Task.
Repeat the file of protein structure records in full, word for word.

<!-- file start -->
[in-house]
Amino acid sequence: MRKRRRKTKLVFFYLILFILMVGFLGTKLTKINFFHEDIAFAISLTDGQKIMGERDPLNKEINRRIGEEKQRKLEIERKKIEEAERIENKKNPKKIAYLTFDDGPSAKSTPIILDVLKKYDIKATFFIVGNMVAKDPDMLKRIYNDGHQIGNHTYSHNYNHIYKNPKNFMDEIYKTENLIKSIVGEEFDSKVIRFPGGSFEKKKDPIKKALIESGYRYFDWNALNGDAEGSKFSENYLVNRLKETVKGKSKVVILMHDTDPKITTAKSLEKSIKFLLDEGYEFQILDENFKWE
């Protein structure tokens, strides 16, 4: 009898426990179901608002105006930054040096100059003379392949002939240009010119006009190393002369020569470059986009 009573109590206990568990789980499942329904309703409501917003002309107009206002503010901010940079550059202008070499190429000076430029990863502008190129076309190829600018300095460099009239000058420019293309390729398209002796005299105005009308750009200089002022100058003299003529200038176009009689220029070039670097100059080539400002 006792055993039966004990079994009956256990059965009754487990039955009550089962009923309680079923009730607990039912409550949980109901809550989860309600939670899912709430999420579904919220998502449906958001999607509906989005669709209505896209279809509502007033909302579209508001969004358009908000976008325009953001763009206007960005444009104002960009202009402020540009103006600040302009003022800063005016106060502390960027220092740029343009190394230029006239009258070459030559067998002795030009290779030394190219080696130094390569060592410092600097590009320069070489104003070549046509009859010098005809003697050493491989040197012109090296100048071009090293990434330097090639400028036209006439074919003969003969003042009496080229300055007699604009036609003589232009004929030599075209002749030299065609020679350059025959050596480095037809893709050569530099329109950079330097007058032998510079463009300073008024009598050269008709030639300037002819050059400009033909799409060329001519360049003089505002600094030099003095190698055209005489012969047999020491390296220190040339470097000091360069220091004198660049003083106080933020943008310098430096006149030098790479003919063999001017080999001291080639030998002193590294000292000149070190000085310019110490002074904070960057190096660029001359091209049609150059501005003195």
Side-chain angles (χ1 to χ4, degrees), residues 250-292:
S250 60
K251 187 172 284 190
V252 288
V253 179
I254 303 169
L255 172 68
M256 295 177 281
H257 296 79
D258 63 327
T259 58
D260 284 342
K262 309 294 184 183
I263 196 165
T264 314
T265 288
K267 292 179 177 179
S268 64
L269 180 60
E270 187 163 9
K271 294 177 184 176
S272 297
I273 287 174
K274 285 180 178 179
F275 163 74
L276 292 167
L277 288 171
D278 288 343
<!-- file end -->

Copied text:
[in-house]
Amino acid sequence: MRKRRRKTKLVFFYLILFILMVGFLGTKLTKINFFHEDIAFAISLTDGQKIMGERDPLNKEINRRIGEEKQRKLEIERKKIEEAERIENKKNPKKIAYLTFDDGPSAKSTPIILDVLKKYDIKATFFIVGNMVAKDPDMLKRIYNDGHQIGNHTYSHNYNHIYKNPKNFMDEIYKTENLIKSIVGEEFDSKVIRFPGGSFEKKKDPIKKALIESGYRYFDWNALNGDAEGSKFSENYLVNRLKETVKGKSKVVILMHDTDPKITTAKSLEKSIKFLLDEGYEFQILDENFKWE
């Protein structure tokens, strides 16, 4: 009898426990179901608002105006930054040096100059003379392949002939240009010119006009190393002369020569470059986009 009573109590206990568990789980499942329904309703409501917003002309107009206002503010901010940079550059202008070499190429000076430029990863502008190129076309190829600018300095460099009239000058420019293309390729398209002796005299105005009308750009200089002022100058003299003529200038176009009689220029070039670097100059080539400002 006792055993039966004990079994009956256990059965009754487990039955009550089962009923309680079923009730607990039912409550949980109901809550989860309600939670899912709430999420579904919220998502449906958001999607509906989005669709209505896209279809509502007033909302579209508001969004358009908000976008325009953001763009206007960005444009104002960009202009402020540009103006600040302009003022800063005016106060502390960027220092740029343009190394230029006239009258070459030559067998002795030009290779030394190219080696130094390569060592410092600097590009320069070489104003070549046509009859010098005809003697050493491989040197012109090296100048071009090293990434330097090639400028036209006439074919003969003969003042009496080229300055007699604009036609003589232009004929030599075209002749030299065609020679350059025959050596480095037809893709050569530099329109950079330097007058032998510079463009300073008024009598050269008709030639300037002819050059400009033909799409060329001519360049003089505002600094030099003095190698055209005489012969047999020491390296220190040339470097000091360069220091004198660049003083106080933020943008310098430096006149030098790479003919063999001017080999001291080639030998002193590294000292000149070190000085310019110490002074904070960057190096660029001359091209049609150059501005003195």
Side-chain angles (χ1 to χ4, degrees), residues 250-292:
S250 60
K251 187 172 284 190
V252 288
V253 179
I254 303 169
L255 172 68
M256 295 177 281
H257 296 79
D258 63 327
T259 58
D260 284 342
K262 309 294 184 183
I263 196 165
T264 314
T265 288
K267 292 179 177 179
S268 64
L269 180 60
E270 187 163 9
K271 294 177 184 176
S272 297
I273 287 174
K274 285 180 178 179
F275 163 74
L276 292 167
L277 288 171
D278 288 343